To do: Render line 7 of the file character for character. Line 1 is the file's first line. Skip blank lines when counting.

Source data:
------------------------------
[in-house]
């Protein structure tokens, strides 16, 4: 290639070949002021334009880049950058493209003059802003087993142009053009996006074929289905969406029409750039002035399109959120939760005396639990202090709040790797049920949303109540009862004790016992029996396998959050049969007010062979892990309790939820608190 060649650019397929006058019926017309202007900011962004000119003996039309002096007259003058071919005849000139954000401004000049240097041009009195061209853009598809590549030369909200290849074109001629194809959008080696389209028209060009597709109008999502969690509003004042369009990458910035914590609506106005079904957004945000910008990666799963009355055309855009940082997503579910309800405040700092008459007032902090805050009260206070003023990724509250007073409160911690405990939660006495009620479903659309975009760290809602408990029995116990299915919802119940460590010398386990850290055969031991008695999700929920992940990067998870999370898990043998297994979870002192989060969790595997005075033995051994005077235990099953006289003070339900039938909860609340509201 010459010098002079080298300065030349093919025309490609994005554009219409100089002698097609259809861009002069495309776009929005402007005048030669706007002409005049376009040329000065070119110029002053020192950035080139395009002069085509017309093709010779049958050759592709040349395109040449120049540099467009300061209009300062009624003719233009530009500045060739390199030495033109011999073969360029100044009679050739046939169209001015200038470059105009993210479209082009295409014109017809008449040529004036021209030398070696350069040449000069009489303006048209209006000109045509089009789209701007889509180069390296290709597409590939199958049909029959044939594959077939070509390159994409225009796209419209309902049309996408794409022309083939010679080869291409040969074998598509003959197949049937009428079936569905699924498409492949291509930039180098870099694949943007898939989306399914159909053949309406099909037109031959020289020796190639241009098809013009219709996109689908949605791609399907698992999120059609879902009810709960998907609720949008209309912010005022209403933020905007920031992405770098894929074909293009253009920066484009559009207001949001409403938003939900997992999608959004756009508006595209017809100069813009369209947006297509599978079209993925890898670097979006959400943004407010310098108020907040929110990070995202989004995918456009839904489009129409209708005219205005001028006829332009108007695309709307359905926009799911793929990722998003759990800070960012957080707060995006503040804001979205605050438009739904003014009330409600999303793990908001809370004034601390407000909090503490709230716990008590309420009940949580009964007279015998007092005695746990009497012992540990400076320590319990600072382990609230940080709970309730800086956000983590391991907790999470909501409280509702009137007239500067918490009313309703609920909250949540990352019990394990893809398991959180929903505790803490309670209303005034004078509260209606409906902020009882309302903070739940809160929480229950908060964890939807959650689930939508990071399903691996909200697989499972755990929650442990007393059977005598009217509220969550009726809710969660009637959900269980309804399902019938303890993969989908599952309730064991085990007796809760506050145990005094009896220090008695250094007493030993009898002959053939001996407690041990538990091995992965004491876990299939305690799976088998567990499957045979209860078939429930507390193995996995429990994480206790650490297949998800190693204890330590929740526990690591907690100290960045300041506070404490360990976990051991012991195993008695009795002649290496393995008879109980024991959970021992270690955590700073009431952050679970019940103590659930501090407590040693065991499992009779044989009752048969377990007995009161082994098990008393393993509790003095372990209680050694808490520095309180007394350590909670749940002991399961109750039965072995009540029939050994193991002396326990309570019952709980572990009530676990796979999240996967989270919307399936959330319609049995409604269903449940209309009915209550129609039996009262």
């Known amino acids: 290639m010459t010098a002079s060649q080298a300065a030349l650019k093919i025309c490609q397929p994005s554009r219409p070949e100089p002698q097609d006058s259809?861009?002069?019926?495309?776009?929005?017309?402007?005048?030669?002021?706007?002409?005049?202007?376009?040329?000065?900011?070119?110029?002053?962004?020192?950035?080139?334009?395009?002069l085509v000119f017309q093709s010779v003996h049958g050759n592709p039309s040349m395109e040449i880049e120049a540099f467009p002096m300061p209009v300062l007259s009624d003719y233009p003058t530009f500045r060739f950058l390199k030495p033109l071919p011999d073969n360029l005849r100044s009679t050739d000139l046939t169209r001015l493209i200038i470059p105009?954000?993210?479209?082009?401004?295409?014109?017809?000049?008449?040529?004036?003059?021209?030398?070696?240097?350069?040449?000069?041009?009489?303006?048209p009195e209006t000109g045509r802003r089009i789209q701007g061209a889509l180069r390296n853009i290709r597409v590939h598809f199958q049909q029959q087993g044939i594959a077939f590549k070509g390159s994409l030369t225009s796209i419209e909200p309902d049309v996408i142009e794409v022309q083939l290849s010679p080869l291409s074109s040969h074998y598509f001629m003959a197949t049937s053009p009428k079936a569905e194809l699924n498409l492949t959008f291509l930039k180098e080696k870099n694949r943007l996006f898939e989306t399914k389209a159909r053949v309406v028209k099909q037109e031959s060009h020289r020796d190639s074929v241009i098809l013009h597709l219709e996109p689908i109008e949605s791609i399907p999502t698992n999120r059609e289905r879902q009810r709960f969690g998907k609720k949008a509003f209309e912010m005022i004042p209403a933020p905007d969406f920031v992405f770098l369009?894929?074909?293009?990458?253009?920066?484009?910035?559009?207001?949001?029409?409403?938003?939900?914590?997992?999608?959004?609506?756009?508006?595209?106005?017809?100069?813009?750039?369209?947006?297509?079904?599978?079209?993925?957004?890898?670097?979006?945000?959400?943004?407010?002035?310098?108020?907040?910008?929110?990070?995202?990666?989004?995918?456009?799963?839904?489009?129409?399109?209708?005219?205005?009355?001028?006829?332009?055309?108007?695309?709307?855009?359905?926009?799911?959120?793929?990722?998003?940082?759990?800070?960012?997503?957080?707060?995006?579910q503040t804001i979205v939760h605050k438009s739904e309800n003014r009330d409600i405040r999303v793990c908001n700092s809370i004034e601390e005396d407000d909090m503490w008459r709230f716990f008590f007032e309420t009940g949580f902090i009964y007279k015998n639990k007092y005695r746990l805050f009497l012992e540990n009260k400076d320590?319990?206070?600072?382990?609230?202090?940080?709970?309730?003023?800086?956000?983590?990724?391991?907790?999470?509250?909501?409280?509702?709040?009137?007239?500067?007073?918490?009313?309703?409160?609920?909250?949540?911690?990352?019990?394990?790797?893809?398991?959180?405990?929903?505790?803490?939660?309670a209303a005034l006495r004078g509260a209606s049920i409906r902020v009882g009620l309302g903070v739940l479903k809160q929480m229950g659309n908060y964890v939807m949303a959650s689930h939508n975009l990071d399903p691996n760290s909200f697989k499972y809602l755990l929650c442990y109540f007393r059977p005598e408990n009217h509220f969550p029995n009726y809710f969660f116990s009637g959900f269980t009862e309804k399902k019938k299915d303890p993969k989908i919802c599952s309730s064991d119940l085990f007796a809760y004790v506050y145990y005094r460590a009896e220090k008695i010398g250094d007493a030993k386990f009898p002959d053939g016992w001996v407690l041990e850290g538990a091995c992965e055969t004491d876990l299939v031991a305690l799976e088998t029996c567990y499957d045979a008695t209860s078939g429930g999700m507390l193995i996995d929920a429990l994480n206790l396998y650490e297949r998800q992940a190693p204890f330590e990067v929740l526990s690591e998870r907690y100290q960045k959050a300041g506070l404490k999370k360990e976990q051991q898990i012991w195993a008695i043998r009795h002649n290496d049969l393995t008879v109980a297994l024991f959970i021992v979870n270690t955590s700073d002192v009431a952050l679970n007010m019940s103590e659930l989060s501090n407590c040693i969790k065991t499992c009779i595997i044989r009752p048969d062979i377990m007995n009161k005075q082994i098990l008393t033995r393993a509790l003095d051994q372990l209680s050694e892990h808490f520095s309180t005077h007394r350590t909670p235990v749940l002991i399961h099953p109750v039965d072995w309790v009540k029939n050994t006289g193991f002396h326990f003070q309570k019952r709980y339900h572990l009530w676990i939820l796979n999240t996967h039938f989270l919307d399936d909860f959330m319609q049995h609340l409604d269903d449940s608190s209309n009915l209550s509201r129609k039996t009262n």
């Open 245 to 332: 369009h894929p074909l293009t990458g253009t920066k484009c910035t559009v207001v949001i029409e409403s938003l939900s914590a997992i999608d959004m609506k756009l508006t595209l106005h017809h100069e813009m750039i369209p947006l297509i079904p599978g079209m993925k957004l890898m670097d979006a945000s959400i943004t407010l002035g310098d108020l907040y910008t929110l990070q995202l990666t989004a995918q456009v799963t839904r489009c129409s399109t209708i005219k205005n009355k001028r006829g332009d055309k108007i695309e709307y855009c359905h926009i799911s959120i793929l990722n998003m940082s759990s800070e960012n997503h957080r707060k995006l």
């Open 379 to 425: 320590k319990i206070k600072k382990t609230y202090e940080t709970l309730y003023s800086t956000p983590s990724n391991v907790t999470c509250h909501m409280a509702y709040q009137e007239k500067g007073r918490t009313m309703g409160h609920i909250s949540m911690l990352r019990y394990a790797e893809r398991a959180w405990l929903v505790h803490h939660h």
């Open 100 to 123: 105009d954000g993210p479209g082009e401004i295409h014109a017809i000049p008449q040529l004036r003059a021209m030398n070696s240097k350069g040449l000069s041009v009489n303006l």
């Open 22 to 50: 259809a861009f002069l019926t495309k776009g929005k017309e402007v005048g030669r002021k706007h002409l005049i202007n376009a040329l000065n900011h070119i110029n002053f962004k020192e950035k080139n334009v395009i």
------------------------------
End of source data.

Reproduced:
């Open 22 to 50: 259809a861009f002069l019926t495309k776009g929005k017309e402007v005048g030669r002021k706007h002409l005049i202007n376009a040329l000065n900011h070119i110029n002053f962004k020192e950035k080139n334009v395009i």